Kill the PPE

State’s top election official calls for an end to state-funded presidential primary

By Eric Petermann,

Arizona’s top election official has asked lawmakers for more money to pay for the March 22 Presidential Preference Election and is telling legislators it’s time for the state to stop paying for the presidential primary.

Registered Republican, Democrat and Green party members will be eligible to participate in the March 22 preference election. Candidates running for president from each political party will be on each party’s respective ballot. The PPE is held once every four years in Arizona and provides state political party delegates with an idea of who state voters support for president.

Michele Reagan, Arizona Secretary of State whose office directs all statewide elections, said Thursday she is asking for legislation to increase state funding of the March 22 election. She is also asking lawmakers to consider eliminating future presidential primaries.

Reagan said beyond the cost of running a statewide election — roughly $9.6 million — the PPE will disenfranchise about one-third of the state’s registered voters who are not members of a recognized political party in Arizona.

“I think it’s time we ask ourselves if it’s fair that one-third of the people who are registered to vote and who are paying for this election, should be excluded from participating,” Reagan said.

The Secretary of State said she has yet to meet a lawmaker who can make an argument that limiting who can vote in a state funded election is a good idea.

Katie Howard, Cochise County Elections Director, strongly agrees with Reagan’s opinion and said the preference election has increasingly become a county burden. Howard said the county is reimbursed at $1.25 cents per ballot, regardless of the actual overall cost the preference election. In 2012, the last time this statewide vote was held, Howard said the county’s cost was roughly $4 per ballot.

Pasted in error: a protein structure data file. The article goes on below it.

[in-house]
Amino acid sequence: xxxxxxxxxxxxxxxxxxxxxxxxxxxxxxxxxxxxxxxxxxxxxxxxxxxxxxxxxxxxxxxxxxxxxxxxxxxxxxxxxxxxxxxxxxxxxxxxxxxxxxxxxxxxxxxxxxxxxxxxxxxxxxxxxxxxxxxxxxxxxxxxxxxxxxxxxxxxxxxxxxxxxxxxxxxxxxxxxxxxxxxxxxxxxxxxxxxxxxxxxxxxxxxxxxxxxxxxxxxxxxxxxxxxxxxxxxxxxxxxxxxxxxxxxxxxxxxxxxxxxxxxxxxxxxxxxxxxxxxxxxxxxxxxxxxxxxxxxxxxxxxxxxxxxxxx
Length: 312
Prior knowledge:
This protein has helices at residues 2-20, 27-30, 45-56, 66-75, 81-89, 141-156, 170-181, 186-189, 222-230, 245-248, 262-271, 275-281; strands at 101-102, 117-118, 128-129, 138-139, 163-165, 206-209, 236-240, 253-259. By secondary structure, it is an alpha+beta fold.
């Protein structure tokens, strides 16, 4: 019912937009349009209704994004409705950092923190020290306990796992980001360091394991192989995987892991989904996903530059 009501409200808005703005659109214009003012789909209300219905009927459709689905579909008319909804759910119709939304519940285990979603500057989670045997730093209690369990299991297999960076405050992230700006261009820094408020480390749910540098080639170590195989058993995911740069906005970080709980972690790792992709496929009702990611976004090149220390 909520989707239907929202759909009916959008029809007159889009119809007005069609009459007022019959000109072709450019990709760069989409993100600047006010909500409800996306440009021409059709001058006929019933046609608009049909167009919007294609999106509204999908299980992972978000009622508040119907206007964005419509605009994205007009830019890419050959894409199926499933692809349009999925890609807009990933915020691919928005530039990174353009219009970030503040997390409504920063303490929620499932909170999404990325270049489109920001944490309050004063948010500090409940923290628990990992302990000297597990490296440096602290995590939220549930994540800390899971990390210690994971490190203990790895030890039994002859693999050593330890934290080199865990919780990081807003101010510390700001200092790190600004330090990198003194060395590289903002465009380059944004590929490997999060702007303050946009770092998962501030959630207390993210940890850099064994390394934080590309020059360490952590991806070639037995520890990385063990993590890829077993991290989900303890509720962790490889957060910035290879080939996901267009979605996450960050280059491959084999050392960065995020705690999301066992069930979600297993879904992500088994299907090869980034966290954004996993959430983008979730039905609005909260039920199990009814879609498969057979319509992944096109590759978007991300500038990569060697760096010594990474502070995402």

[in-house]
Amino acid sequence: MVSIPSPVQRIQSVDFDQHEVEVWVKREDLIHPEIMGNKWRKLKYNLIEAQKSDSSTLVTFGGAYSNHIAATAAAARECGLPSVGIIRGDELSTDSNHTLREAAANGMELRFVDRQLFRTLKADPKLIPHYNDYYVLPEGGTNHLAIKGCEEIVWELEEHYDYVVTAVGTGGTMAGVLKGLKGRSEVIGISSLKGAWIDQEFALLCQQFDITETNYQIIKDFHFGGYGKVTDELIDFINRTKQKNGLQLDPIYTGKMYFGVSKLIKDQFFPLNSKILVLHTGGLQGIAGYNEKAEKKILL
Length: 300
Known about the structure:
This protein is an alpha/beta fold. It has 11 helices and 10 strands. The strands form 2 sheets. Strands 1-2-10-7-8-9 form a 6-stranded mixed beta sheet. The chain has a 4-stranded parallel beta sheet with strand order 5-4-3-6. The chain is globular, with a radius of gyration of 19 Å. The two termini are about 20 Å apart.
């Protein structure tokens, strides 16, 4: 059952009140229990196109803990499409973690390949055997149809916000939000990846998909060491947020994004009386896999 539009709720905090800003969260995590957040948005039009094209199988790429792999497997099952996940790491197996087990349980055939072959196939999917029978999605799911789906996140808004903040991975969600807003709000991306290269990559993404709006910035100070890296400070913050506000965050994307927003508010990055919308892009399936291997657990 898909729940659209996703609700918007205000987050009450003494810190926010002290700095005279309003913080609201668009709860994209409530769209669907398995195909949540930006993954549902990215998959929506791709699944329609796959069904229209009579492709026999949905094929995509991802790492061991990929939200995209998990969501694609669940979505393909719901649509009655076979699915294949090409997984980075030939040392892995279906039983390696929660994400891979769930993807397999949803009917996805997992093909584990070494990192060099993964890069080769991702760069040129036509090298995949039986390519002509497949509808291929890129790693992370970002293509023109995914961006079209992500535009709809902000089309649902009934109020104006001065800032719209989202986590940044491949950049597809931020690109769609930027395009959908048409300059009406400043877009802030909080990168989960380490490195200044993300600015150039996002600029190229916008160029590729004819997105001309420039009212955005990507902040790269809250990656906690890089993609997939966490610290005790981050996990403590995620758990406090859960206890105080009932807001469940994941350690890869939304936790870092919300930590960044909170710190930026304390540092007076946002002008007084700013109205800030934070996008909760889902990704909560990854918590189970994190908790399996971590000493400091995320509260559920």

“Of course, we’ve lowered that cost significantly since then, but even with that effort we won’t be anywhere close to a $1.25 per ballot,” Howard said.

The county elections director said the PPE was created by state statute in 1992 and legislators set the reimbursement to counties at that time. State lawmakers agreed in 2012 to pay the full cost of the PPE, but changed their minds during the first session of the 52nd Legislature in 2015 and reduced the state funding, returning to $1.25 per ballot reimbursement.

Secretary Reagan said she has asked state lawmakers to restore full funding for the preference election, recognizing that the additional cost is a hardship for counties.

“I served as a State Representative, so I’m well aware of what these kinds of mandated costs can do to a county budget,” Reagan said.

She said for the first time in a number of years, Arizona will conduct four statewide elections in 2016. Reagan said she has asked lawmakers for additional funding to make up the cost counties will incur in running each of these statewide contests.

“It may not be that much money compared to the overall budget, but when you add up the costs we will have this year in running state elections, it’s a lot of money,” Reagan said.

Lawmakers allocated about $20 million in the state budget, based on the $1.25 per ballot formula, and Reagan said the actual cost will be about twice that amount.

“How wise is it to have taxpayers paying for something that they can’t participate in?” Reagan said.

Howard agreed with the Secretary of State’s opinion and said her office has provided the state with an estimate of what the March 22 preference election will cost.